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There has been a lot of discussion on this and other Ford sites about the Mass Air Flow Sensor (MAF) getting dirty and causing driveability concerns. One particular question that gets asked a lot is whether or not a dirty/faulty MAF can cause or contribute to the dreaded engine knock or "pinging" that we have all heard so much about. Apparantly, Ford determined several years ago that yes, a dirty MAF can indeed be a source of pinging.
This is an excerpt from a 1998 Ford TSB:
Mass Air Flow (MAF)- Sensor Contamination- Service Tip
MASS AIR FLOW (MAF) DISCUSSION
MAF sensors can get contaminated from a variety of sources: dirt, oil, silicon, spider webs, potting compound from the sensor itself, etc. When a MAF sensor gets contaminated, it skews the transfer function such that the sensor over-estimates air flow at idle (causes the fuel system to go rich) and under-estimates air flow at high air flows (causes fuel system to go lean). This means Long Term Fuel Trims will learn lean (negative) corrections at idle and learn rich (positive) corrections at higher air flows.
If vehicle is driven at Wide Open Throttle (WOT) or high loads, the fuel system normally goes open loop rich to provide maximum power. If the MAF sensor is contaminated, the fuel system will actually be lean because of under-estimated air flow. During open loop fuel operation, the vehicle applies Long Term Fuel Trim corrections that have been learned during closed loop operation. These corrections are often lean corrections learned at lower air flows. This combination of under-estimated air flow and lean fuel trim corrections can result in spark knock/detonation and lack of power concerns at WOT and high loads.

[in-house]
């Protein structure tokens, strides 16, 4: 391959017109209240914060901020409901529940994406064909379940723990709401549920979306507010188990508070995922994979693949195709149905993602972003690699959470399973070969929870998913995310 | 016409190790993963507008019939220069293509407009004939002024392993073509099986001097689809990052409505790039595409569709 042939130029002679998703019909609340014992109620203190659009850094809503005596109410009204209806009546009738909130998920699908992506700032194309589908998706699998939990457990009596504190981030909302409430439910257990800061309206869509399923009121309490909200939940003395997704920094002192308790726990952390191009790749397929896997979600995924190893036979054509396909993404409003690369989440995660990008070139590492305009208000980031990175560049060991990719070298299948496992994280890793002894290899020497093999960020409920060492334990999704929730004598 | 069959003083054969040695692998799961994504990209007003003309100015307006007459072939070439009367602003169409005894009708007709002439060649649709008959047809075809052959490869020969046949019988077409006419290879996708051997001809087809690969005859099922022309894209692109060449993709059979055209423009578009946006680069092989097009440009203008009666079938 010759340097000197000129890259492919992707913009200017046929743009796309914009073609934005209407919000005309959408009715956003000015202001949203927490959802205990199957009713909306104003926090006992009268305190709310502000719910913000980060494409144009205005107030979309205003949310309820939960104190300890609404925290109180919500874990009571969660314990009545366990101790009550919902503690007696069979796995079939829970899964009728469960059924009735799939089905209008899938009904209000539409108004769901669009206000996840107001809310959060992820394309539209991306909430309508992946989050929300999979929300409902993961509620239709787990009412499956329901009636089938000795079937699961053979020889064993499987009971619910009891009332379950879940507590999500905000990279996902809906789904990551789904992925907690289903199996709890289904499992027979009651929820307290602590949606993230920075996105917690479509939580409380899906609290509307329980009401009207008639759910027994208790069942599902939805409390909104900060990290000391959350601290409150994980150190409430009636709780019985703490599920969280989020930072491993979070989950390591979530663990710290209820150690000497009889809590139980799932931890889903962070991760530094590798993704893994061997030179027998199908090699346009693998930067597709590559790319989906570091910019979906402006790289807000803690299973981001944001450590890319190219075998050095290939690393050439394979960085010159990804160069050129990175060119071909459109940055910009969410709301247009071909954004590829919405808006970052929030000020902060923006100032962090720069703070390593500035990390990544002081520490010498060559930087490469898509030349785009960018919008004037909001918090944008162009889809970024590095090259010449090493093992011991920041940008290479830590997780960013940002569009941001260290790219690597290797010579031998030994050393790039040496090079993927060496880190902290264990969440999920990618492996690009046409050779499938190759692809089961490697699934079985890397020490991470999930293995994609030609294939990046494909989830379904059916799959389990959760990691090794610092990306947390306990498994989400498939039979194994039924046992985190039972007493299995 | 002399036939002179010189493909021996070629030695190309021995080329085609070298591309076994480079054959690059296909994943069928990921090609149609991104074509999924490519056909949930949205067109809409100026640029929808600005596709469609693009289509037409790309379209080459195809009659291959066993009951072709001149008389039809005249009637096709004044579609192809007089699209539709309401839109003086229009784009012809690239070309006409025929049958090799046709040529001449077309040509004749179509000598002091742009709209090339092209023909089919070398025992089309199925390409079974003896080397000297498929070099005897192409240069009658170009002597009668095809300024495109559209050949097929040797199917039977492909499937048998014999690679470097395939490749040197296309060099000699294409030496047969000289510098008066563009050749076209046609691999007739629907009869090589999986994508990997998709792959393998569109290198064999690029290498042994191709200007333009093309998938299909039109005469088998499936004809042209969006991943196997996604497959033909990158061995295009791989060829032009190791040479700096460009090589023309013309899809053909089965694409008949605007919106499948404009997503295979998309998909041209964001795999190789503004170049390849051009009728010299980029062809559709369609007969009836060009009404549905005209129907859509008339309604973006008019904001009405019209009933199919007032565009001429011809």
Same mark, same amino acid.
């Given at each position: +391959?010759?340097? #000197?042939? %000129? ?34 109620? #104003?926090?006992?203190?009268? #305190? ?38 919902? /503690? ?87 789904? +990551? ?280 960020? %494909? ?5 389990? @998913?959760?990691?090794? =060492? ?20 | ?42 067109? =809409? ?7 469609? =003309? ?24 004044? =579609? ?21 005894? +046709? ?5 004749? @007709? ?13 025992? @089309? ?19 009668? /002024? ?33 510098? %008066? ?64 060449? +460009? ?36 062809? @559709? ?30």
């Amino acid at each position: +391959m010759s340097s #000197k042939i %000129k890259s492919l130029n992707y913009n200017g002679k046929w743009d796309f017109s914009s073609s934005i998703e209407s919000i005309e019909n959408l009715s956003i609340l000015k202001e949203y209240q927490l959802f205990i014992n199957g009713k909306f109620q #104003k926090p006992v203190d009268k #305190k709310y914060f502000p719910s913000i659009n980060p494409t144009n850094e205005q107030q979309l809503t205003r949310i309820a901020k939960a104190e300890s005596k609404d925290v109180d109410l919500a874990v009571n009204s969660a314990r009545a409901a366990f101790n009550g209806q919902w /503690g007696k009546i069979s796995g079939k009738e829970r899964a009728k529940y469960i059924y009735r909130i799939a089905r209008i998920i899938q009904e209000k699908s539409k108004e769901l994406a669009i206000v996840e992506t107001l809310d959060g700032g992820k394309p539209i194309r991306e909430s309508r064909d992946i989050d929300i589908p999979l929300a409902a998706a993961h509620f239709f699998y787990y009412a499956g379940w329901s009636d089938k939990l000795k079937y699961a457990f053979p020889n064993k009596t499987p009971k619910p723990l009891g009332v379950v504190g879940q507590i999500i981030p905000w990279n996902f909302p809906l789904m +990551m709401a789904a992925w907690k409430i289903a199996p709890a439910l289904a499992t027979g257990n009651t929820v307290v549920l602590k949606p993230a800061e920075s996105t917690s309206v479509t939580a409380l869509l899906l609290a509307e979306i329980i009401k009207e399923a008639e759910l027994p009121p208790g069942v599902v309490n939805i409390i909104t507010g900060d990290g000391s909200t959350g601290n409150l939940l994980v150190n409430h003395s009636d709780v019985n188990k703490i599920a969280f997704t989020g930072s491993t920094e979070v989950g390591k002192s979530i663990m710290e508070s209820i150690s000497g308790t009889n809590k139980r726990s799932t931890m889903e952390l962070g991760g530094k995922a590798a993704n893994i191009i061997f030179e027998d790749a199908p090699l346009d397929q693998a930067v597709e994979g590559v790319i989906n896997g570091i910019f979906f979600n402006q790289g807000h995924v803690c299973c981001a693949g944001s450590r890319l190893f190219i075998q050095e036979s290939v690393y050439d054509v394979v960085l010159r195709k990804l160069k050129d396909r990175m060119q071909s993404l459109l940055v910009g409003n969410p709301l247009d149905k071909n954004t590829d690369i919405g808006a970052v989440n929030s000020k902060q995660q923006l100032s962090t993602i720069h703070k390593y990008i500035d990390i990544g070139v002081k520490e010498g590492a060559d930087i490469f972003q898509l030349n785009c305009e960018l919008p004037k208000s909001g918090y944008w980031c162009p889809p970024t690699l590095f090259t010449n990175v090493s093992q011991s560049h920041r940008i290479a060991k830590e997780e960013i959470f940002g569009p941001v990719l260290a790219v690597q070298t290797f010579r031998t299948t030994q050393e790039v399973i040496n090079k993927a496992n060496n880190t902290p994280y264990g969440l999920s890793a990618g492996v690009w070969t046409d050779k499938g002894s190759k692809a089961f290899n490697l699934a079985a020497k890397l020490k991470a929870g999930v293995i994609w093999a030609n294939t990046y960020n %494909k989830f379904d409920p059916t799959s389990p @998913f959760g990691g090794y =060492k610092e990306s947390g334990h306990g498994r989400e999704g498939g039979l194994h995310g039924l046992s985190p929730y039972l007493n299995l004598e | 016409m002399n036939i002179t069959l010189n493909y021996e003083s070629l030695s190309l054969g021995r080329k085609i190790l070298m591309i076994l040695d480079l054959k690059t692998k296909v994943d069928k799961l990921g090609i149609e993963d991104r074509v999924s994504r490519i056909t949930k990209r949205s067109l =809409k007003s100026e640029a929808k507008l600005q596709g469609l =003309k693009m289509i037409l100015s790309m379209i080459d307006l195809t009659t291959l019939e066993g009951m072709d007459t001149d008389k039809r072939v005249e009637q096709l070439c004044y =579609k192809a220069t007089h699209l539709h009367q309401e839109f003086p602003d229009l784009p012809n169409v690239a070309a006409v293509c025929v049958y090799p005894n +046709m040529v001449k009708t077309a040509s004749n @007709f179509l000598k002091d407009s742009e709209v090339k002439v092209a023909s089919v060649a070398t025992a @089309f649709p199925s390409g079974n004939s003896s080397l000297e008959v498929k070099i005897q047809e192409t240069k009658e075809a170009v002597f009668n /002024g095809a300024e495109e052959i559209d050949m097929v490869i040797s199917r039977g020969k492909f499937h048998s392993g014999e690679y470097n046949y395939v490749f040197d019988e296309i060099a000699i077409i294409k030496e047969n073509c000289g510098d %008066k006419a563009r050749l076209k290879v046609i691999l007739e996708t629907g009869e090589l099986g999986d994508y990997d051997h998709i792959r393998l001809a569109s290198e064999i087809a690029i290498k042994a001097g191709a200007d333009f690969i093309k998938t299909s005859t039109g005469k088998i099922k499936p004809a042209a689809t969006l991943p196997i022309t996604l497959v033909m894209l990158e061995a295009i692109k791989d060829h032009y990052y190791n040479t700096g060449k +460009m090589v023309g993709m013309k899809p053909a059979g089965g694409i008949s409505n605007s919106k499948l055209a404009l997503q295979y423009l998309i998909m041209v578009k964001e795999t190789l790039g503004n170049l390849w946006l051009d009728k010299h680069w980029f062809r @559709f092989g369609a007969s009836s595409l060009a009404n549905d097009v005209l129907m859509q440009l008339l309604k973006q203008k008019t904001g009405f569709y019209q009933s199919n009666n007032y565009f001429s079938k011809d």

One of the indicators for diagnosing this condition is barometric pressure. Barometric pressure (BARO) is inferred by the Powertrain Control Module (PCM) software at part throttle and WOT (there is no actual BARO sensor on MAF-equipped vehicles, except for the 3.8L Supercharged engine). At high air flows, a contaminated MAF sensor will under-estimate air flow coming into the engine, hence the PCM infers that the vehicle is operating at a higher altitude. The BARO reading is stored in Keep Alive Memory (KAM) after it is updated. Other indicators are Long Term Fuel Trim and MAF voltage at idle.
You know, there are so many things that can cause pinging. The truth is, the timing on our 3.0's has been set to a level that puts it at the very edge of pinging even under perfect circumstances. Where this leaves us is having a good engine that Ford has tried to tweak for max performance and minimal emissions.
I believe that with good TLC and proper maintenance, the Vulcan will run forever. Its just more important to keep em tuned than on some other engines. The positive is, that this annoying ping kind of alerts us that we need to perform some routine maintenance where other engines, also needing the same maintenance, don't let the driver know until it becomes a huge issue. Now I know this is not the intention of the designers, its just a more positive spin on tghe old pinging problem.
If you think about it, the pinging has probably made most people (at least on the forum) perform maintenance that they would hav e not performed if the pinging never occured).
I posted before that I added ethanol as an additive for a few tanks to stop pinging, it worked and I have now ran 3 tanks with straight 87 (no ethanol) from Amoco and have no pinging. I believe that the ethanol clkeaned my fuel system anbd probably got rid of some carbon buildup. My guess is that I will have to do it again every few months but I have no problem with that.
Anyway, maybe we should all hold hands and sing coom-by-ya and thank the Ford engineers for our little "maintenance reminder alarms".
Excellent points regarding the Vulcan, JB. I think your comments can be applied to the Ford 2.9-4.0L motor as well .... both the 3.0L and 4.0L engines have been tweaked and bored and everything else in order to get the most out of them. And they have both been in service for over a decade so obviously there has been plenty of time for Ford to squeeze as much as they could out of them.
As far as singing coom-by-ya and thanking the Ford engineers, I'll pass on that, thanks. Just give them my regards.
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